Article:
High levels of FLIP mediate activation of theNF-B and the Erk pathways in T cells.(a) FLIP(L) and FLIP(S) Jurkat clones, and amock transfectant (Jmock) were stimulatedwith immobilized anti-CD3 and anti-CD28antibodies for 15 min, and NF-B activationwas assayed by probing for phosphorylated(P) IB and degradation of IB. (b) As(a) but the experiment was performed in thepresence of 100 M z-VAD-fmk whereindicated. (c) FLIP-expressing Jurkat cloneswere stimulated with immobilized anti-CD3antibody (1 g/ml) for the times indicated. Erkand Mek activation was determined bywestern blotting using antibodies specificallydetecting the active phosphorylated (P)kinases. Expression of total Erk and Mekproteins was determined using anti-Erk oranti-Mek antibody, respectively. No increase inactive phosphorylated PKB (Akt) wasdiscernible (data not shown). In the lower twopanels, Mek activation induced by PMA isshown. (d) Raf-1 activation in FLIP-expressingJurkat cells was assessed 15 min afterstimulation by determining the fraction ofphosphorylated protein that showed lowerelectrophoretic mobility (closed arrowhead)compared with the dephosphorylated form(open arrowhead). Positive control is Raf-1activated by PMA (10 ng/ml). (e) Activation of

    Ras was determined using recombinant Raf-1coupled to beads to immunoprecipitate

    activated Ras [37]. Positive control are cellstreated with PMA (10 ng/ml).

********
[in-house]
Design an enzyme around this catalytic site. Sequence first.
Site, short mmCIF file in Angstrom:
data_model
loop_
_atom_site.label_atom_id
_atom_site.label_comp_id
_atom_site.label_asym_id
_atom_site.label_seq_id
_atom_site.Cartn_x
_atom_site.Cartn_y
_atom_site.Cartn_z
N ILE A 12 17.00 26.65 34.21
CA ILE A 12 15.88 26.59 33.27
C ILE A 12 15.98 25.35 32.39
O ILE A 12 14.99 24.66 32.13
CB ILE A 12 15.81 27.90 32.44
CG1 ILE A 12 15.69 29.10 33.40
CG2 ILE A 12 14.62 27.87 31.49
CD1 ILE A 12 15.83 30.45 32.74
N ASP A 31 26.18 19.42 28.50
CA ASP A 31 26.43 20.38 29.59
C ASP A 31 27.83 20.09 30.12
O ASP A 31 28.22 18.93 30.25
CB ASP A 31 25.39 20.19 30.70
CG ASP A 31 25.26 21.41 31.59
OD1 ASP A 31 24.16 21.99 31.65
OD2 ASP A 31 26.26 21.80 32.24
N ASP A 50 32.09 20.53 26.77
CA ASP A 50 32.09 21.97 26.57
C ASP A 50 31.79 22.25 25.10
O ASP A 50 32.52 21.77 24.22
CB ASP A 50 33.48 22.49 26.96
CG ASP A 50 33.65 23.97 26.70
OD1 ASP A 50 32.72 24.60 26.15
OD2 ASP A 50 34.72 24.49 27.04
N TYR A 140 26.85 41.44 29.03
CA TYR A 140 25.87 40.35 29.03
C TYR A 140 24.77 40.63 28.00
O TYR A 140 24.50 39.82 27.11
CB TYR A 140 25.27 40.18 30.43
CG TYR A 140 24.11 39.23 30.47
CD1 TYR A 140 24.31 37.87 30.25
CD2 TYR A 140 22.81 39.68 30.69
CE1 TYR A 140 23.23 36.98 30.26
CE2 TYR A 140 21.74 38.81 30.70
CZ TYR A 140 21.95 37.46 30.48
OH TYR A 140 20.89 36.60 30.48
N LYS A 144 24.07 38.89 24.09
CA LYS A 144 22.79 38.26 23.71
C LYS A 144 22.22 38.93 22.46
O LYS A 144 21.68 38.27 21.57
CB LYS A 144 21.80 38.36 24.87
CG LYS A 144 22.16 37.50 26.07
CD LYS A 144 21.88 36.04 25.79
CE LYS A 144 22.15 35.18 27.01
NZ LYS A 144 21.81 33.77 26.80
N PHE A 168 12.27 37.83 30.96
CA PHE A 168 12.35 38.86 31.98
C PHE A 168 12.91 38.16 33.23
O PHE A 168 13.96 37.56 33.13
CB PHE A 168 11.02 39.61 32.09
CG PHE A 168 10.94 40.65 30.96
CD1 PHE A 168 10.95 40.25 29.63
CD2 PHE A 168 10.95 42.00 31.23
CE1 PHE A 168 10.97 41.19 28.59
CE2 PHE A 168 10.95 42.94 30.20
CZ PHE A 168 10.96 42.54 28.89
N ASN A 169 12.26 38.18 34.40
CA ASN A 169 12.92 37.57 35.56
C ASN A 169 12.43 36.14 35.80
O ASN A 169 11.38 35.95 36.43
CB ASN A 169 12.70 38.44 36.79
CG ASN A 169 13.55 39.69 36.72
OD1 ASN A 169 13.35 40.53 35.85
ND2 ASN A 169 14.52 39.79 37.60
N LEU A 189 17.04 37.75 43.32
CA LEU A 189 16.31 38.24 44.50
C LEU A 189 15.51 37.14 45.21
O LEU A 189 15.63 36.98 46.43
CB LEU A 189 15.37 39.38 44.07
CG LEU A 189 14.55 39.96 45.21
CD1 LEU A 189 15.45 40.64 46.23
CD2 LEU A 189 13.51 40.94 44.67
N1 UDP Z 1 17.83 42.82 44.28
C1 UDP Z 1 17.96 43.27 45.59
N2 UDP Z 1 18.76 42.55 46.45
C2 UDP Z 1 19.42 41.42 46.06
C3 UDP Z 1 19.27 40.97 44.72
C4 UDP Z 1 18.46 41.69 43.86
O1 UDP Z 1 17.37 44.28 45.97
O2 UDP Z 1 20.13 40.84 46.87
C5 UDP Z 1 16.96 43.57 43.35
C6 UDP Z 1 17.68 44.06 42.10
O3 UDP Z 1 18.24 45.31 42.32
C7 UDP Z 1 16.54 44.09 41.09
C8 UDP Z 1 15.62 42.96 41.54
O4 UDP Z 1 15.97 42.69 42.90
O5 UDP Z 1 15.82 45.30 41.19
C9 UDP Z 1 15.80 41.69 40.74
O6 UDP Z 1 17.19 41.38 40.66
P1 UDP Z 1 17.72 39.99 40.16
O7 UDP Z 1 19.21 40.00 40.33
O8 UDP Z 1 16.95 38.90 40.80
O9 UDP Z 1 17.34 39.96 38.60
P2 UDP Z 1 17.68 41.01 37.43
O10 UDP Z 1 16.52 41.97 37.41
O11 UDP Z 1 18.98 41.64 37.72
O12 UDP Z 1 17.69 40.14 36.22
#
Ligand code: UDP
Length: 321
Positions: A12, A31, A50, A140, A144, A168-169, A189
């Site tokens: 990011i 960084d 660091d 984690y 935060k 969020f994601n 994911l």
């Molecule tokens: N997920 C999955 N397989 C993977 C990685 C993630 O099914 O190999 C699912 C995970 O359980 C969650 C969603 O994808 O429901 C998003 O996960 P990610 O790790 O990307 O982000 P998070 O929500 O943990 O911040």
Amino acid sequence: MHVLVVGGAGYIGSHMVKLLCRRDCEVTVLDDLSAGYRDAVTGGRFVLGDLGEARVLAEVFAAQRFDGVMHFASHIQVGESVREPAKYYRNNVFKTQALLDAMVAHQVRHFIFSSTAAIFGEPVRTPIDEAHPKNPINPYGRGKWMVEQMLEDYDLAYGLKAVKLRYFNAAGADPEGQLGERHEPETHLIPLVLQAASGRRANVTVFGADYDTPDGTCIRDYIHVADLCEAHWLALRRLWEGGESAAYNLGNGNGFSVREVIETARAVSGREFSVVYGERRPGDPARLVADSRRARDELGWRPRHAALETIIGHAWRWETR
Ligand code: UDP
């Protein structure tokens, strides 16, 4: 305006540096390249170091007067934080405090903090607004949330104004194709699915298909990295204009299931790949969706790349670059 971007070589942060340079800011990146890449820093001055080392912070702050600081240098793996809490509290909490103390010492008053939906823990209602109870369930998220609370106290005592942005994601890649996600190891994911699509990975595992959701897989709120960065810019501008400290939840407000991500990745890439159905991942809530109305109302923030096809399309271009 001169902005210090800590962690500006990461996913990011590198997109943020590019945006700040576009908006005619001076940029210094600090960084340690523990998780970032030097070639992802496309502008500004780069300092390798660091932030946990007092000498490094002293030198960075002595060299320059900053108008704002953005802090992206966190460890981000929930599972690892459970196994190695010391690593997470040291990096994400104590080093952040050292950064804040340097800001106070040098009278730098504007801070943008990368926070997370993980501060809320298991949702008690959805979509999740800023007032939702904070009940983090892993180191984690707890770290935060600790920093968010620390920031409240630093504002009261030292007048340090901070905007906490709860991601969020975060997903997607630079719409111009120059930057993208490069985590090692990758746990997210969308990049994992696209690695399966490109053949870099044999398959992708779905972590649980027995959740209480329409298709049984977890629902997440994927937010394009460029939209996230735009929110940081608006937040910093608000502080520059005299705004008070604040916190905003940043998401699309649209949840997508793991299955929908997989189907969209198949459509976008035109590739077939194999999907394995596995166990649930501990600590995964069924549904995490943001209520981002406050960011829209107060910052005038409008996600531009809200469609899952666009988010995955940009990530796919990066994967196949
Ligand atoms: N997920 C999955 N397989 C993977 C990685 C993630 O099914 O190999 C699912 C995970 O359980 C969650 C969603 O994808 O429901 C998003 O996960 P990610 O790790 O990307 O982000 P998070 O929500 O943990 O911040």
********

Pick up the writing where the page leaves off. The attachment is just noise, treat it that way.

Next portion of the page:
Current Biology

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  • be through the known TCR-induced rapid membraneexposure of preformed FasL [29] or biosynthesis of FasL(or of another death ligand), which could then ligatesurface Fas (or other death receptors) and lead to recruit-ment of FADD and FLIP. This mechanism would beconsistent with our observations and those of others thatexogenous FasL costimulates proliferation with subopti-mal doses of anti-CD3 antibody, and that CD3-inducedproliferation (which at higher doses becomes FasL-inde-pendent) is blocked by FasL inhibitors [30]. However,other death ligands such as TRAIL may also contribute,since in Jurkat cells, TCR-triggered signal initiation wasonly partly blocked by Fas-Fc (data not shown). This mayalso indicate differences between primary cells and tumorcell lines. In any case, activation of Erk and NF-B signalsin T cells was always dependent on signals emanatingfrom the TCR and was never observed upon the additionof FasL alone, even though FasL alone was able to induceassembly of a complex that included proteins involved inthe two signaling pathways. This suggests a complexcross-talk of signals.

    Since Erk and NF-B signals are modulated by FLIP,levels of this protein may determine the outcome of Fas-triggered signals. Depending on the ratio of caspase-8and FLIP levels, Fas-FADD complexes might recruiteither caspase-8 homo-complexes or caspase-8FLIP